Legal experts believe that notifying victims and allowing them to be participants in the process will not significantly delay court proceedings. In those cases where victims have opted in to get notice, they may be heard briefly in a hearing to determine the conditions of release - but they have also historically been necessary witnesses in most cases and are often called to testify in trials.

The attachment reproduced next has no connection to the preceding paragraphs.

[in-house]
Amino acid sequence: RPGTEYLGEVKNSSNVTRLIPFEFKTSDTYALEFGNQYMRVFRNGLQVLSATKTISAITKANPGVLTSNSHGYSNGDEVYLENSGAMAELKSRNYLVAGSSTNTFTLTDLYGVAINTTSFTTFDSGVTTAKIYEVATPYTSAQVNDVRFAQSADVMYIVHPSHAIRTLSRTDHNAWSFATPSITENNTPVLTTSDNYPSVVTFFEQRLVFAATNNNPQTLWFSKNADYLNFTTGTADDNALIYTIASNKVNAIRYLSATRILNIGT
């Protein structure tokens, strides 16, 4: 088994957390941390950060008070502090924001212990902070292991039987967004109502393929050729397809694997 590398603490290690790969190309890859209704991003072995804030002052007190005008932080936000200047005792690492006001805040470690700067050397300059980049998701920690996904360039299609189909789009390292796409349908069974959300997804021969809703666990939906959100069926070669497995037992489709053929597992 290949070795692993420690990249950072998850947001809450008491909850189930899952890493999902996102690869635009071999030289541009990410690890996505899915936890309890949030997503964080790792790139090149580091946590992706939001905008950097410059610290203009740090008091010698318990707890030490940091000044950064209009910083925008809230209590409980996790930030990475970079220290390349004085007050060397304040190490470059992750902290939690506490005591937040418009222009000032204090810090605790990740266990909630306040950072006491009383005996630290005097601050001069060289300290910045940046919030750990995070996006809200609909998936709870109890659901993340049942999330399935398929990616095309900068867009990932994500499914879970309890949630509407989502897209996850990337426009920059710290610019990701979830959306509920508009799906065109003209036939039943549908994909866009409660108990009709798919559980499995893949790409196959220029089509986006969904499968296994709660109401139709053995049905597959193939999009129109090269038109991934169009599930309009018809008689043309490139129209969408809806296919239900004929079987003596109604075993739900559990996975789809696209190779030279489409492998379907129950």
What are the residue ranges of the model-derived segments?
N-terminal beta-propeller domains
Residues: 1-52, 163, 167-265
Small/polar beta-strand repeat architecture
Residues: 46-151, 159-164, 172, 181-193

The case is now, and will be, between the State and the defendant - and the DA will continue to make decisions about how and when the case will be resolved. This law does not change the authority of the District Attorney. The victim will not be a party but recognized as more than a bystander. The victim will not be able to veto or override the decision of the constitutionally empowered District Attorney, whose job it is - now and under the proposed amendment - to balance all of the competing interests. Marsy’s Law ensures that these rights are guaranteed to victims and their families.